Time.news – In Ravello, the scaffolding from the facades of Villa Episcopio, residence of Vittorio Emanuele III in 1944 and of Jacqueline Kennedy in the summer of 1962, is removed. The ancient palace, bishopric since 1086, now owned by the Campania Region, is recovering the its splendor later important consolidation and restoration works.
In the future, it will be the seat of a training and improvement center for young musicians. The core of the building, with a breathtaking view of the Gulf of Salerno, was built starting from the 10th century, and the entire structure today is spread over six levels for a total of 1600 square meters of interiors, in addition to the wonderful panoramic terraces.
The first structural intervention lasted 22 months, with the reconstruction of the external walls deteriorated by time. Work that absorbed resources for 1.7 million euros. Workers and restorers under the supervision of the Superintendence of Archeology, Fine Arts and Landscape of Salerno and Avellino have restored the building to its former glory, using a special lime-based mortar with coloring deriving from natural products.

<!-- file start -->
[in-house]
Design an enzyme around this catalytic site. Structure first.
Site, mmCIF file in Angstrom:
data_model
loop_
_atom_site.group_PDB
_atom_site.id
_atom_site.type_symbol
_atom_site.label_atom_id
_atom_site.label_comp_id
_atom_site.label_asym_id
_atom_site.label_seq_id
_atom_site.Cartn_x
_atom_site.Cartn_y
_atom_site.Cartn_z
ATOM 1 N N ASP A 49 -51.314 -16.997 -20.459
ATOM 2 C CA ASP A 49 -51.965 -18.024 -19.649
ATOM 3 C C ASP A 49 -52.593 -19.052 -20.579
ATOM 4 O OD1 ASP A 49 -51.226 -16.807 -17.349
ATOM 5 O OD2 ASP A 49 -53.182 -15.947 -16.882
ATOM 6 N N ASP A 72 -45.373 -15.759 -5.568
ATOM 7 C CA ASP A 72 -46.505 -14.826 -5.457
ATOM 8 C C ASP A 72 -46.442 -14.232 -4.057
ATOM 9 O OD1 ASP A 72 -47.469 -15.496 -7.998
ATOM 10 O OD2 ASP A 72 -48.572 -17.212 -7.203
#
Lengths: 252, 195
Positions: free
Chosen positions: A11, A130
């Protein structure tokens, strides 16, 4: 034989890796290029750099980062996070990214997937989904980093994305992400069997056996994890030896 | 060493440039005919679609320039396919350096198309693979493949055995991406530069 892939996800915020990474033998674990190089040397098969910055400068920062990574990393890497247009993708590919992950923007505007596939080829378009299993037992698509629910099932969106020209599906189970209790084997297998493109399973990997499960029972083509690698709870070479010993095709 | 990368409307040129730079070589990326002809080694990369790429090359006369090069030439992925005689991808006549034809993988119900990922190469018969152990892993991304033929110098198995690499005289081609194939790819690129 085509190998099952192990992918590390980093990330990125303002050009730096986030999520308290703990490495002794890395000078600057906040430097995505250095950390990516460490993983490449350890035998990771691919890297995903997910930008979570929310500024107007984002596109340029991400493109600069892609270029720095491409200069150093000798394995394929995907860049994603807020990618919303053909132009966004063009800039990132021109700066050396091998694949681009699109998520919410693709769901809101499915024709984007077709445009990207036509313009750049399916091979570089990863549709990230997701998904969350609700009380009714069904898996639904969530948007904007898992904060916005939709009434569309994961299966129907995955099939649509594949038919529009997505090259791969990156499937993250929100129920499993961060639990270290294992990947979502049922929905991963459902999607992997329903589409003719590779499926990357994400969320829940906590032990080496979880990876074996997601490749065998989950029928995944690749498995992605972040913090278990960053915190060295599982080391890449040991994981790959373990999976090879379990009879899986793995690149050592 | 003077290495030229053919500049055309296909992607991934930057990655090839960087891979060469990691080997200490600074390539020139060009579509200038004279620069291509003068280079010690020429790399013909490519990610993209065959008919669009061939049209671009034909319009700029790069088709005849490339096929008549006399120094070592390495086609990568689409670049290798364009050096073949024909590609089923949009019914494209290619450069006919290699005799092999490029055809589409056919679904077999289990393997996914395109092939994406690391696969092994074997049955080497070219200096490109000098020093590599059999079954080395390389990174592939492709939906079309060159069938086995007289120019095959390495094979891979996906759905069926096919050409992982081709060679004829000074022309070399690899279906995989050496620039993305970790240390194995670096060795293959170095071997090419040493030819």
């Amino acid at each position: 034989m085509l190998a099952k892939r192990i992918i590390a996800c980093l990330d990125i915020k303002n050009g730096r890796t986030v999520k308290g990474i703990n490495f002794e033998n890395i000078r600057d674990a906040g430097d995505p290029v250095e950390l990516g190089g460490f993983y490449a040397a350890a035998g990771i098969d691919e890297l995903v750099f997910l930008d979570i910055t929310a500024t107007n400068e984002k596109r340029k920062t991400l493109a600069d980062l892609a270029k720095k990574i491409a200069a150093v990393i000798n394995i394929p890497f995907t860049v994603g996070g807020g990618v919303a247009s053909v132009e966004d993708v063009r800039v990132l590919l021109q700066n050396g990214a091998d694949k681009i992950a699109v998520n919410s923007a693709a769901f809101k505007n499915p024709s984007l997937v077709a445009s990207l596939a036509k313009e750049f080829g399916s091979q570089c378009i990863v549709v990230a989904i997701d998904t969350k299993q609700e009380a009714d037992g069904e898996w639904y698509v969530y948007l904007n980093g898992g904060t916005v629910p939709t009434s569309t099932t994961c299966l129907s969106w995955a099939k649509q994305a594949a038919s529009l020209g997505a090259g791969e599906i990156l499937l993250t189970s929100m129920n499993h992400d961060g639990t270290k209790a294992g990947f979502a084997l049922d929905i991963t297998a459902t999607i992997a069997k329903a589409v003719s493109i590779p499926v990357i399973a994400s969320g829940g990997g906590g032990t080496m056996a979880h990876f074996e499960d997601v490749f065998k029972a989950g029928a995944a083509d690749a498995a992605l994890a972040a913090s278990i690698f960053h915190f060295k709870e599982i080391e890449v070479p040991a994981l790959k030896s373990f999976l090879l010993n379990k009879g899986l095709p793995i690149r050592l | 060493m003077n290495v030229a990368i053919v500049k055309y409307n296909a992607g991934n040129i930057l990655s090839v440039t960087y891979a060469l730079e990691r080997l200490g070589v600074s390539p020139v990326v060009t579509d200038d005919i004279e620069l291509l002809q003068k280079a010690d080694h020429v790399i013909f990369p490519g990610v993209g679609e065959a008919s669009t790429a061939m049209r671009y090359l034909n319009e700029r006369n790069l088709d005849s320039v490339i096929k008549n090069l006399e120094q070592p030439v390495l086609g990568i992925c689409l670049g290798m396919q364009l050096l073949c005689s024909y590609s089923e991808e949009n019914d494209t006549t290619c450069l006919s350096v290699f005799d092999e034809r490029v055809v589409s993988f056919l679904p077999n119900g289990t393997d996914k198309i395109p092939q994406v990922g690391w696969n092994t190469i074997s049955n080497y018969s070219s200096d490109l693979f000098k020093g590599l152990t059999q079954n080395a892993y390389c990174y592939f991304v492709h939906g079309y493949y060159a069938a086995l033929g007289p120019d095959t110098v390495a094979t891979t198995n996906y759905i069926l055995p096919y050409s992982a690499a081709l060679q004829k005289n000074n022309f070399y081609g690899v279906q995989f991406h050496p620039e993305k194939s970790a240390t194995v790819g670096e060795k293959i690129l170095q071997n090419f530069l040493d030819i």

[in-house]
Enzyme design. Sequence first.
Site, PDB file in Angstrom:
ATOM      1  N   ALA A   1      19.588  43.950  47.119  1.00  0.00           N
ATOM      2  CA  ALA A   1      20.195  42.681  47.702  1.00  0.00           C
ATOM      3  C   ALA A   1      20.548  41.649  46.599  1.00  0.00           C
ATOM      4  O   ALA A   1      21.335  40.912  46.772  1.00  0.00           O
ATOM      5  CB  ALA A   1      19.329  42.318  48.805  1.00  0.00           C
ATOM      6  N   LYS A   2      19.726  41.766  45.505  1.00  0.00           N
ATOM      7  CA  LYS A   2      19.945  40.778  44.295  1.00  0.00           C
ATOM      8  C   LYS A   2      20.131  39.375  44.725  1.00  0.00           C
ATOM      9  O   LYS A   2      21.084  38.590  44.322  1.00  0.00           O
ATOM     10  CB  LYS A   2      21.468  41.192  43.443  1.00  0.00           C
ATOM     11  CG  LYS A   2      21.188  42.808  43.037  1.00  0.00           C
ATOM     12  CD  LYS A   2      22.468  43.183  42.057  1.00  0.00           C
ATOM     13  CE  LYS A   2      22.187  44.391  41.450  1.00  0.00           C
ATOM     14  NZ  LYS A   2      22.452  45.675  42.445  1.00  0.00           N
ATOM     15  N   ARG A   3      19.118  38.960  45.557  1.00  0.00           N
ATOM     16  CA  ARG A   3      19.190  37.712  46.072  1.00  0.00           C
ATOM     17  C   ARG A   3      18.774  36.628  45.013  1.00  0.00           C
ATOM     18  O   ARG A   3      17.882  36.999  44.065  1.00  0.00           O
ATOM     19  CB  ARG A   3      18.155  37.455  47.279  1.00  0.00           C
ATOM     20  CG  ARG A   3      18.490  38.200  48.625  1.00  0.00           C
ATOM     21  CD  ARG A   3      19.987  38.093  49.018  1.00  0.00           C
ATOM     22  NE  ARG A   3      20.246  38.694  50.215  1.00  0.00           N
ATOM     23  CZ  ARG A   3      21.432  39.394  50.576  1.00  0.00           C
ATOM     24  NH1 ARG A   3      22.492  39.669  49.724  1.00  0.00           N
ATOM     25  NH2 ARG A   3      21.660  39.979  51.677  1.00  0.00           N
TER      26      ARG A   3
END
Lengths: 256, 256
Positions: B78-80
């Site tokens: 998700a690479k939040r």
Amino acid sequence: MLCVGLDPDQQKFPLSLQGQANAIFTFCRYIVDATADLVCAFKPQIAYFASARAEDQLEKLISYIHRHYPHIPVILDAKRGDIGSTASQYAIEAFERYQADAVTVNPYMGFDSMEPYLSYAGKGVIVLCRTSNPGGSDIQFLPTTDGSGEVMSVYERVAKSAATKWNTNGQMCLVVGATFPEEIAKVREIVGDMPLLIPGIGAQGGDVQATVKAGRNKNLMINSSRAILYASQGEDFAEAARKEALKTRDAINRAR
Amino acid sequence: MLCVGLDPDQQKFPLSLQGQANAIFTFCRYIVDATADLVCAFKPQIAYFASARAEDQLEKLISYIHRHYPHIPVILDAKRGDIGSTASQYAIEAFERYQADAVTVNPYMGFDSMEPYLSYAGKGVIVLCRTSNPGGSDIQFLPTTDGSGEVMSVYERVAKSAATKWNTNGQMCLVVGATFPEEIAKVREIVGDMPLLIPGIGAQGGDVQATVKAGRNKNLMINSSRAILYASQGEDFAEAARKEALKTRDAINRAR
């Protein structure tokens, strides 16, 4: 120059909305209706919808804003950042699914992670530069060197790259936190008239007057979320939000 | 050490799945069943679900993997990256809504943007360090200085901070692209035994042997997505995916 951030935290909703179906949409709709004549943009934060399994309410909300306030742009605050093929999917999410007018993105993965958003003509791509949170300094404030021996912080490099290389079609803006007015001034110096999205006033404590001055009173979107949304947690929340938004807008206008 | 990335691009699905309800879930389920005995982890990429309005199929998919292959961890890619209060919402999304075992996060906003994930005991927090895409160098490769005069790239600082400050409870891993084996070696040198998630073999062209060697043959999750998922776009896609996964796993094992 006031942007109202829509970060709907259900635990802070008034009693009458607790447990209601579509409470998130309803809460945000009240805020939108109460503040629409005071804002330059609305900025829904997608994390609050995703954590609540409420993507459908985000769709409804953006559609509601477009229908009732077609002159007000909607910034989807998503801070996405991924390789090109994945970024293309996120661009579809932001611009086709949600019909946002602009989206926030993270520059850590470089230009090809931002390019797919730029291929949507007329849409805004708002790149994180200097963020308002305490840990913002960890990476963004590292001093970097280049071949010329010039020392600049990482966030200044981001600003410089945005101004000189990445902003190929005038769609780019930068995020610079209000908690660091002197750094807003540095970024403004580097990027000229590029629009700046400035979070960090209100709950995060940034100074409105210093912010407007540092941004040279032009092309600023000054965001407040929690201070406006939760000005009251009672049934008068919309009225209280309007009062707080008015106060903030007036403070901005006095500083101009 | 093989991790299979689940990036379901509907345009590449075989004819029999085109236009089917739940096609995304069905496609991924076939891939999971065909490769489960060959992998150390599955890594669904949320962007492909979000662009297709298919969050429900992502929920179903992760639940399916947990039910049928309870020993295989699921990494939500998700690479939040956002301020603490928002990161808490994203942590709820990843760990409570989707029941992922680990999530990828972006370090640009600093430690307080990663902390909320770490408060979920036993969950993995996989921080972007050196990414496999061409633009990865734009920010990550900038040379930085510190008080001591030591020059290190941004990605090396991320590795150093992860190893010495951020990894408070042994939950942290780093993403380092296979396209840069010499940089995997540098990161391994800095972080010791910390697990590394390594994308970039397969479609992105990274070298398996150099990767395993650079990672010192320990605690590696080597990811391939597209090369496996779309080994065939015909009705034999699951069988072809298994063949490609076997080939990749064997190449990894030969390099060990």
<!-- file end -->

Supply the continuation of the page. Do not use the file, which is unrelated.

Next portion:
The renovation of the roofs also saw the recovery of pre-existing structures and elements: from the tiles with terracotta tiles to the supports of large chestnut wood beams, found in a fairly good state of conservation and appropriately restored. The construction site remains open: the last part of the intervention will now have to involve the internal environments, with the adjustments and construction of the systems, including modern lifts.
Villa Episcopio was the bishop’s residence of Ravello from 1086 until 1818. On May 26, 1880, he hosted Richard Wagner who in Ravello found the inspiration for the second act of Parsifal in the gardens of Villa Rufolo. Here André Gide wrote “L’immoraliste”, while Edward M. Forster set the story “Story of a panic”.
But it was also the cradle of republican Italy. From February 14 to July 1944, during the short period of Salerno as the capital, it was the residence of King Vittorio Emanuele III. Inside its rooms, on April 24, 1944, the first government of national unity led by Pietro Badoglio was sworn in and formed, among others, by Benedetto Croce, Carlo Sforza, Palmiro Togliatti.
On June 5 of that same year, the day following the liberation of Rome, the sovereign signed the lieutenant decree in favor of his son Umberto at Villa Episcopio. In August 1962, the First Lady of America Jacqueline Kennedy stayed there for three weeks.
Before her it was the queen of the Netherlands, Juliana, a regular at the palace. In 2006, the attempted sale by the Aielli family, the last heir of the building, to a well-known hotel entrepreneur in the Nocerino area of Sarnese.